What a shame it's come to this. Don't discountenance Trump's wiliness, though. His supporters seem to love him for his attacks on the MSM, the MSM don't seem to know how to deal with him, and he's going some way to making them the story and obliging them to defend themselves. I suppose attack is often the best form of defence.

Feb 19, 2017 at 8:45 PM | Unregistered CommenterMark Hodgson

Feb 19, 2017 at 8:45 PM on Mark Hodgson

I think one can only rely on one's own intelligence and integrity, obtain one's information from as many sources as possible, and try to test all information for plausibility while trying to cross-check it against other sources of information with a different viewpoint.
...
What a shame it's come to this.

Why not start off with this strategy? It is only 'Nullius In Verba' in action, or what every business person should follow.

It also encourages early information gathering and efficient planning.

I heard that some Scientists did a lot of work using, I think game theory, to find the best strategy of living and called it the Jesus Strategy, because it did have similarities with His teaching!


The strategy is to be cooperative with whom ever you meet for the first time and continue being cooperative until they become uncooperative, at which point adjust your behaviour to reflect theirs, but don't become less cooperative than they were. If their behaviour improves, improve yours even more than they have.

Then, on occasion, for no reason at all, be really cooperative to the next person you meet. It might change the World.

It encourages cooperation, yet discourages the uncooperative from taking advantage of the helpful.

Feb 19, 2017 at 9:16 PM | Registered CommenterRobert Christopher

And history has shown making the media the story is never good for the media establishment. The media should not be the story.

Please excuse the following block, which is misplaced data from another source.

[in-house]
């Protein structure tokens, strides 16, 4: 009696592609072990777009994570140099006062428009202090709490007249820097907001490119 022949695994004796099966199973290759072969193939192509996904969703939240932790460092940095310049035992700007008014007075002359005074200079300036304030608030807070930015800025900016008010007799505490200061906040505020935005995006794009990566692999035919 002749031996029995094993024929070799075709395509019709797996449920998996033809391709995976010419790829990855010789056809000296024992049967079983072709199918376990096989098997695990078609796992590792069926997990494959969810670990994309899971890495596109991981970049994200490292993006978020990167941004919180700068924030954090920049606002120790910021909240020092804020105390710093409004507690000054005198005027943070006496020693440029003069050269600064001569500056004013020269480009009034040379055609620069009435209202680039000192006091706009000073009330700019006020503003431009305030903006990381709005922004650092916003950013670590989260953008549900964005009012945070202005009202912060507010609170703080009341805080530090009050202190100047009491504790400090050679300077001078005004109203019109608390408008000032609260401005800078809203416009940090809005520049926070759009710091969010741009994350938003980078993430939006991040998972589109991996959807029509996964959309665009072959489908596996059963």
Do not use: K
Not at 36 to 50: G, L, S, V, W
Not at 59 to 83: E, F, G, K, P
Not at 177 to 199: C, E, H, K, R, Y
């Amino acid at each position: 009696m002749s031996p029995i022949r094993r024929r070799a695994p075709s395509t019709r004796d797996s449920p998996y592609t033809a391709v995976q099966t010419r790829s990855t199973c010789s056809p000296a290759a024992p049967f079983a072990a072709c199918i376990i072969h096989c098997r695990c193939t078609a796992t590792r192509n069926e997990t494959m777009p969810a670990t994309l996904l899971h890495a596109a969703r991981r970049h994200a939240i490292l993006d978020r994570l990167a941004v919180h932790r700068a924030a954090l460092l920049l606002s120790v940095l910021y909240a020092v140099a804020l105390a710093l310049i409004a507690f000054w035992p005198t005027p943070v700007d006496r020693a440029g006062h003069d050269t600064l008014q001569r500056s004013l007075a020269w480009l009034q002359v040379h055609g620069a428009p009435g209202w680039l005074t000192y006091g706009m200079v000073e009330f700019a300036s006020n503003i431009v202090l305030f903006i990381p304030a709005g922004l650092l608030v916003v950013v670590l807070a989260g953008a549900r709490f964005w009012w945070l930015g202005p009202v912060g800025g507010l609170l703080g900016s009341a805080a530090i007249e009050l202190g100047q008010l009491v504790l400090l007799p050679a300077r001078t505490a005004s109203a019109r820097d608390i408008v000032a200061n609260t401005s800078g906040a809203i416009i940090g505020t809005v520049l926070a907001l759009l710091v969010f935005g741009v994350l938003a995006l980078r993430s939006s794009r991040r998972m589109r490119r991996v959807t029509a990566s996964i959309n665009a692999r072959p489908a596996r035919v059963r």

MH - could you provide some examples?
Feb 18, 2017 at 9:22 PM | Registered CommenterMartin A

Actually Martin I have absolutely no desire to,

OK. Fairy Nuff. But without concrete examples I can't make any real sense of what you said.

Feb 19, 2017 at 9:25 PM | Registered CommenterMartin A

@Supertroll

The Mk1 eyeball and ears in the first instance are what triggered my contempt for the MSM. Running a couple of media campaigns over the years also alerted me to the diverse routes used to filter and select content.

Pondering your question - I don't think I actually believe anything in toto regarding "news". There is always a loose end or something that doesn't fit by the time a story has been extruded through the corporate orifice and made it to the printing machine / transmission system.

As Mark H says - who you believe is a matter of trust. There are people who I *trust* not to feed me deliberate falsehoods - be they palatable to my personal prejudices or not. That list changes. If asked about something in the media by somebody who trusts my take on things I always try to be honest about the limits of my knowledge.

Confirmation bias is inescapable - recognise it and try to adjust for its effect.

The news is as much a manufactured product as any shaped and breadcrumbed reconstituted gack in a supermarket display freezer.

Feb 19, 2017 at 9:30 PM | Registered Commentertomo